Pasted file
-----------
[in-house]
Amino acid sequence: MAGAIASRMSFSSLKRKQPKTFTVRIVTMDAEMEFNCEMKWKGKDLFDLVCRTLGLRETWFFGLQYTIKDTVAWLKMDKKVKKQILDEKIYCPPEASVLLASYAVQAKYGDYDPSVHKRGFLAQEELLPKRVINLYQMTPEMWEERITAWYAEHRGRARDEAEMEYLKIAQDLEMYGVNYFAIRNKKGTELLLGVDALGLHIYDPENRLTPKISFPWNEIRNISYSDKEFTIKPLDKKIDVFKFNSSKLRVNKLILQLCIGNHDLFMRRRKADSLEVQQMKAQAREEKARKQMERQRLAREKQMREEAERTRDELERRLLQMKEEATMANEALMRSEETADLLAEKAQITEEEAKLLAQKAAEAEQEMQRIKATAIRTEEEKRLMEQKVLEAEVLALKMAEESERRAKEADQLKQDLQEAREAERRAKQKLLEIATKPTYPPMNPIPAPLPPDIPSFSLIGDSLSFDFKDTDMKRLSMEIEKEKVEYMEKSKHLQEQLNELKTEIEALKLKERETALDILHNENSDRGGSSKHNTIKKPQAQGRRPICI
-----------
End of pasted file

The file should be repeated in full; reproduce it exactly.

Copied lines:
[in-house]
Amino acid sequence: MAGAIASRMSFSSLKRKQPKTFTVRIVTMDAEMEFNCEMKWKGKDLFDLVCRTLGLRETWFFGLQYTIKDTVAWLKMDKKVKKQILDEKIYCPPEASVLLASYAVQAKYGDYDPSVHKRGFLAQEELLPKRVINLYQMTPEMWEERITAWYAEHRGRARDEAEMEYLKIAQDLEMYGVNYFAIRNKKGTELLLGVDALGLHIYDPENRLTPKISFPWNEIRNISYSDKEFTIKPLDKKIDVFKFNSSKLRVNKLILQLCIGNHDLFMRRRKADSLEVQQMKAQAREEKARKQMERQRLAREKQMREEAERTRDELERRLLQMKEEATMANEALMRSEETADLLAEKAQITEEEAKLLAQKAAEAEQEMQRIKATAIRTEEEKRLMEQKVLEAEVLALKMAEESERRAKEADQLKQDLQEAREAERRAKQKLLEIATKPTYPPMNPIPAPLPPDIPSFSLIGDSLSFDFKDTDMKRLSMEIEKEKVEYMEKSKHLQEQLNELKTEIEALKLKERETALDILHNENSDRGGSSKHNTIKKPQAQGRRPICI